Ice (Re)Cap: October 2015

by Timothy Oleson
Monday, September 21, 2015

The hydro-fracture scarp and exposed lake bed of Greenland's North Lake following a rapid drainage event in 2011 are seen here. Credit: Ian Joughin.

From Antarctica to the Arctic; from polar caps, permafrost and glaciers to ocean-rafted sea ice; and from burly bears to cold-loving microbes, fascinating science is found in every nook and crevasse of Earth’s cryosphere, and new findings are announced often. Here are a few of the latest updates.

Large meltwater lakes on the surface of Greenland’s ice sheet sometimes disappear in just a few hours, draining quickly through large but short-lived cracks in the ice beneath the lakes. What causes these cracks, or hydro-fractures, to form in the first place hasn’t been clear to scientists, but in a new study in Nature, Laura Stevens of MIT and colleagues suggest a culprit. With an array of 16 GPS stations placed around 2.5-kilometer-long North Lake, which sits atop nearly a kilometer of ice in western Greenland, Stevens' team observed the lake drain rapidly three times between 2011 and 2013 (it refilled eventually after each event). In each case, hydro-fracture formation beneath the lake was preceded by local uplift of the ice sheet by more than 20 centimeters. The researchers hypothesized that surface-water runoff flowing down long-lasting conduits in the ice called moulins occasionally causes pressure to build up at the base of the ice sheet, which pushes up on the ice and initiates cracking from the bottom up. Once a lake is drained through the hydro-fractures, these cracks often seal up again, allowing the lake to refill.

The first direct measurement of geothermal heat flow in the ground beneath the West Antarctic Ice Sheet (WAIS) suggests that far more heat may rise into the ice sheet than was previously expected, according to a new study in Science Advances. With a temperature probe dropped 800 meters through the ice sheet and into sediment beneath Subglacial Lake Whillans, Andrew Fisher of the University of California at Santa Cruz and colleagues measured heat flow of about 285 milliwatts per square meter rising toward the ice’s underside. Previous work using indirect measurements and ice modeling had suggested the average heat flow beneath the ice sheet was closer to 100 milliwatts per square meter. It’s unclear if the higher-than-expected heat flow is localized or widespread, Fisher said in a statement, but it might help explain the abundance of subglacial lakes and ice streams in the region. However, he noted, it does not explain high rates of ice-mass loss measured recently in West Antarctica because “the ice sheet developed and evolved” with the volcanic heat source driving the heat flow already in place.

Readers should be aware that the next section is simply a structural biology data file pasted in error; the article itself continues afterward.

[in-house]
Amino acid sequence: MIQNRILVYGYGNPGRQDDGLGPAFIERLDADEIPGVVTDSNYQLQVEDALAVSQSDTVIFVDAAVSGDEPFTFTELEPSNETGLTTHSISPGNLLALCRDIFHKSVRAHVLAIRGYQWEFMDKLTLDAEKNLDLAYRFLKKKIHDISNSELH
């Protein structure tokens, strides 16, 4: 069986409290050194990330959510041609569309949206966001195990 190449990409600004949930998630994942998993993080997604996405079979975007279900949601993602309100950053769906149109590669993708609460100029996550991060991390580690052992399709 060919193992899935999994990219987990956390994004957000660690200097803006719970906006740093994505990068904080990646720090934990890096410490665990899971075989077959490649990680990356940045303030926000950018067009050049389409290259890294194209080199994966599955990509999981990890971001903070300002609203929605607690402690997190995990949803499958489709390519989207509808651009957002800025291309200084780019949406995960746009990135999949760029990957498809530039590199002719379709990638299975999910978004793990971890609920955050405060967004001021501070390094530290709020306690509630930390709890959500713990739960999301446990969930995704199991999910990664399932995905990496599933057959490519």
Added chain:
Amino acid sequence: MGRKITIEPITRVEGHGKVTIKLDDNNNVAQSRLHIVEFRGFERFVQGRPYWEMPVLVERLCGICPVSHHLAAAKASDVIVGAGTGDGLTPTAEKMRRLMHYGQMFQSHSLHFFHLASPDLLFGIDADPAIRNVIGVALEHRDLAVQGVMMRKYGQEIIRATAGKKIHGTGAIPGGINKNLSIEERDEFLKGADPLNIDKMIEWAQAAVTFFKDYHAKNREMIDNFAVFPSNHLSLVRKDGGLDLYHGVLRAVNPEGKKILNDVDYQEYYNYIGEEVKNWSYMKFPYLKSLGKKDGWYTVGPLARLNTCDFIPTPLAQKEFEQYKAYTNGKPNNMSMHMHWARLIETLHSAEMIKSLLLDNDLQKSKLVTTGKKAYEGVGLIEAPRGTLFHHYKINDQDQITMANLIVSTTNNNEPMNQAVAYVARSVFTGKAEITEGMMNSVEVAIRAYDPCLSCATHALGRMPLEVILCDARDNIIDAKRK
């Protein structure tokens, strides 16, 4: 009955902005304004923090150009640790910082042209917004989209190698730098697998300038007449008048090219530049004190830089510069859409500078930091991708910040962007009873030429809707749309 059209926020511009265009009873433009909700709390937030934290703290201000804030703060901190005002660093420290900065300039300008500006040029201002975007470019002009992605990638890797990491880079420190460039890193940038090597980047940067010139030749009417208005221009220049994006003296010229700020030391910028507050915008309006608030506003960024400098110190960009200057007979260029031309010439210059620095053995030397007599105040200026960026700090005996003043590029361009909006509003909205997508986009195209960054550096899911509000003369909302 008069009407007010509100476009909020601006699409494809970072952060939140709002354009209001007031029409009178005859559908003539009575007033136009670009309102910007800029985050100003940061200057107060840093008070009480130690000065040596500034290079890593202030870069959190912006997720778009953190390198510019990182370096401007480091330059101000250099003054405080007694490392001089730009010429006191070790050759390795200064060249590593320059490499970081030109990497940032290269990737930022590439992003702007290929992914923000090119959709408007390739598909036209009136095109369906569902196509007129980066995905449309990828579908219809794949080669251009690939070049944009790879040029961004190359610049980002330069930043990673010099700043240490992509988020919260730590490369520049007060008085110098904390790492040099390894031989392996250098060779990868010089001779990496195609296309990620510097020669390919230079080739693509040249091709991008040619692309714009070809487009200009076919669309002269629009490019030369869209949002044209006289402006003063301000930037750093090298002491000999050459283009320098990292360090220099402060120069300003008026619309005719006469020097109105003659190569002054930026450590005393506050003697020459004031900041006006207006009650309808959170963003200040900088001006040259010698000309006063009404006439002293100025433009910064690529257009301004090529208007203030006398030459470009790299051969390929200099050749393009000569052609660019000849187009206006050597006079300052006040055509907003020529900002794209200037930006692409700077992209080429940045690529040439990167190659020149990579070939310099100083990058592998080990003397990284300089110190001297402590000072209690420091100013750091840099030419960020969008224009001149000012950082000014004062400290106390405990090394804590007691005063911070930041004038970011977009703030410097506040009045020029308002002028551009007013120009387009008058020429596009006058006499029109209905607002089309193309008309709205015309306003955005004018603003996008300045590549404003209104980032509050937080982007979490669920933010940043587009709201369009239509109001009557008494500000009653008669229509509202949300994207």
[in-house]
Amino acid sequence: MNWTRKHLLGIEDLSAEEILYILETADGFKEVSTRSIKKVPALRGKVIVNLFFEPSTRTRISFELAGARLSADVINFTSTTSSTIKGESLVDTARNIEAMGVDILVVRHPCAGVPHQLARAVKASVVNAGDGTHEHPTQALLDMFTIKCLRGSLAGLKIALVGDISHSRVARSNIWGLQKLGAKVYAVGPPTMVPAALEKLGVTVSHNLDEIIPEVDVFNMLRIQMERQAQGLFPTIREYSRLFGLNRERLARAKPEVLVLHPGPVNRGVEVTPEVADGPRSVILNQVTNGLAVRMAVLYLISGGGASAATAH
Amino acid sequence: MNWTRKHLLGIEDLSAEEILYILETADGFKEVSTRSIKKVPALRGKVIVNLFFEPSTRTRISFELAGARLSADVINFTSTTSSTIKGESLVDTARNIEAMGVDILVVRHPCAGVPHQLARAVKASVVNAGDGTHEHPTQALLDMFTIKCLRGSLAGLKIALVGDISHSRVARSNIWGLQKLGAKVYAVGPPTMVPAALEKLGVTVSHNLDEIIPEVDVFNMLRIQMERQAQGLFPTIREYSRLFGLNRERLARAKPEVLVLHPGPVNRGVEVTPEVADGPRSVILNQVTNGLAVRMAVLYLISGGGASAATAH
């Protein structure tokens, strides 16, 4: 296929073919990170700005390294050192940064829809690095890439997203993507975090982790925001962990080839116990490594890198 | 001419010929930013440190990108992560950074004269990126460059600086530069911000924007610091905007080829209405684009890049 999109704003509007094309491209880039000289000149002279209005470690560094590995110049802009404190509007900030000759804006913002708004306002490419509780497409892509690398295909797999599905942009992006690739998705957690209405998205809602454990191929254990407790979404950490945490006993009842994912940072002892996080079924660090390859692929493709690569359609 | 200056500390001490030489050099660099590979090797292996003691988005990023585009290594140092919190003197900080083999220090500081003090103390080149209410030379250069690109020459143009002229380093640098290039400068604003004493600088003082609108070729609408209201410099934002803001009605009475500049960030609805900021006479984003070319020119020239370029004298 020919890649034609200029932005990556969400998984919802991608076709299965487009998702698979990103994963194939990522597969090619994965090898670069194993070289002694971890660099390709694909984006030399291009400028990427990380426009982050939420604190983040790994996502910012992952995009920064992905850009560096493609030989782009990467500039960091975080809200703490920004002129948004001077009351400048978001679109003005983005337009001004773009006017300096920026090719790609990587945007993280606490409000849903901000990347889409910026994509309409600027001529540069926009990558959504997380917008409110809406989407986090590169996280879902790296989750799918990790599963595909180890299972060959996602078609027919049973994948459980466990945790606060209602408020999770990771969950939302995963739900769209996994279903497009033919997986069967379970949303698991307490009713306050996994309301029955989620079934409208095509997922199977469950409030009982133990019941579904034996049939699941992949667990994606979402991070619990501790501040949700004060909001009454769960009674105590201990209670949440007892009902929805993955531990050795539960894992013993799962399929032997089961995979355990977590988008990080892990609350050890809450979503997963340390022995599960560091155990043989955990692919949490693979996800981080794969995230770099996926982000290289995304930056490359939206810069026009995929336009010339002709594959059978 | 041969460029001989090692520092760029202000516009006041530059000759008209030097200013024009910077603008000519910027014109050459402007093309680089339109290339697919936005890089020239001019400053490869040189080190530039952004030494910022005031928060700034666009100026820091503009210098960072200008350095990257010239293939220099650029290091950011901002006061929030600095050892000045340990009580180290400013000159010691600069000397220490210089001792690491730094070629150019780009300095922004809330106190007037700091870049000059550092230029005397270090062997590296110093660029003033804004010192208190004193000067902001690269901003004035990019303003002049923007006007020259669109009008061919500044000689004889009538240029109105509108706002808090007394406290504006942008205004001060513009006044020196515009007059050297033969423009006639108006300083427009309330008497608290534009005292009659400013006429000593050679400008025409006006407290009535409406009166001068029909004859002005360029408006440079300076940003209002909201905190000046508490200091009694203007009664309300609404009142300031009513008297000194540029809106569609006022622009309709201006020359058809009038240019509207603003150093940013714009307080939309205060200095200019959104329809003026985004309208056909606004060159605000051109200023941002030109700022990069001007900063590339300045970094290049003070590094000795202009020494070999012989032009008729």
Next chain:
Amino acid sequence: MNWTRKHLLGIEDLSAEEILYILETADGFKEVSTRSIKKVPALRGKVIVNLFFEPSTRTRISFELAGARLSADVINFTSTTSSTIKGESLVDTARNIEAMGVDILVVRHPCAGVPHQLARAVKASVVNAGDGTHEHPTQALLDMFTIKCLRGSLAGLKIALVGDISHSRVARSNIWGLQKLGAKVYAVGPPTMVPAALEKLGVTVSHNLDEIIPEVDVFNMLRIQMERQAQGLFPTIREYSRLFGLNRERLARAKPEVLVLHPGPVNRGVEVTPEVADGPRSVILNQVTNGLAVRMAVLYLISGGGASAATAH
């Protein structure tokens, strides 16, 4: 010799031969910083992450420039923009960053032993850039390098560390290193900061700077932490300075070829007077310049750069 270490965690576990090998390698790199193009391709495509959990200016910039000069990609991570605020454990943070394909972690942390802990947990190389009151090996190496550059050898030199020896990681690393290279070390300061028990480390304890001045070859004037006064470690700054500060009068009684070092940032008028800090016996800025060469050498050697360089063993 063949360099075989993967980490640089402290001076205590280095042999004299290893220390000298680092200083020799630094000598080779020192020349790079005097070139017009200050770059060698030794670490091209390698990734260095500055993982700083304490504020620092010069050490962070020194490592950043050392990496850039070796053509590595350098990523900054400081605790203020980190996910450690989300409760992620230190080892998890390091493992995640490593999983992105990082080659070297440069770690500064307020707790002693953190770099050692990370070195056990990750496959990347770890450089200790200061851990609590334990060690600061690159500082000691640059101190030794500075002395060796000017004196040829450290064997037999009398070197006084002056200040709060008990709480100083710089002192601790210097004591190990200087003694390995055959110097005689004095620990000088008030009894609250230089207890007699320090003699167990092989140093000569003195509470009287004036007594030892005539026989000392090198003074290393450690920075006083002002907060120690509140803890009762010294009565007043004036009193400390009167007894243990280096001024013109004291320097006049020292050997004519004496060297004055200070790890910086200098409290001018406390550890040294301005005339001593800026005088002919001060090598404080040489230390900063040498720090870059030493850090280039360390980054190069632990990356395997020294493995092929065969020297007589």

Waters off the Alaskan coast will become increasingly inhospitable to shelled marine life through the 21st century as oceans acidify, according to a new study in the journal Oceanography. Arctic waters are especially vulnerable to acidification because their cold temperatures — as well as large freshwater inputs from glaciers and rivers — allow for increased absorption of atmospheric carbon dioxide relative to warmer, saltier waters. More carbon dioxide means more acidity, and as the pH drops, the calcium carbonate mineral aragonite — which many animals, from sea snails to crabs, use to produce shells — becomes increasingly prone to dissolving rather than precipitating.

In the new study, scientists collected seawater data from the Beaufort, Bering and Chukchi seas in 2011 and 2012 while aboard the icebreaker Healy to validate an ocean-climate model, and then projected how conditions in the seas would change over the 21st century. Jeremy Mathis of NOAA’s Pacific Marine Environmental Laboratory in Seattle and colleagues reported that the annual average saturation level of aragonite “will pass below the current range of natural variability in 2025 for the Beaufort Sea and 2027 for the Chukchi Sea,” while the Bering Sea should reach this benchmark in 2044. Levels do fluctuate seasonally and with geography, the team noted, so that “some areas will not become persistently undersaturated in aragonite until 2100.” But overall, “it is probably safe to assume that [these biogeochemical changes] will have detrimental effects on ecosystems.”

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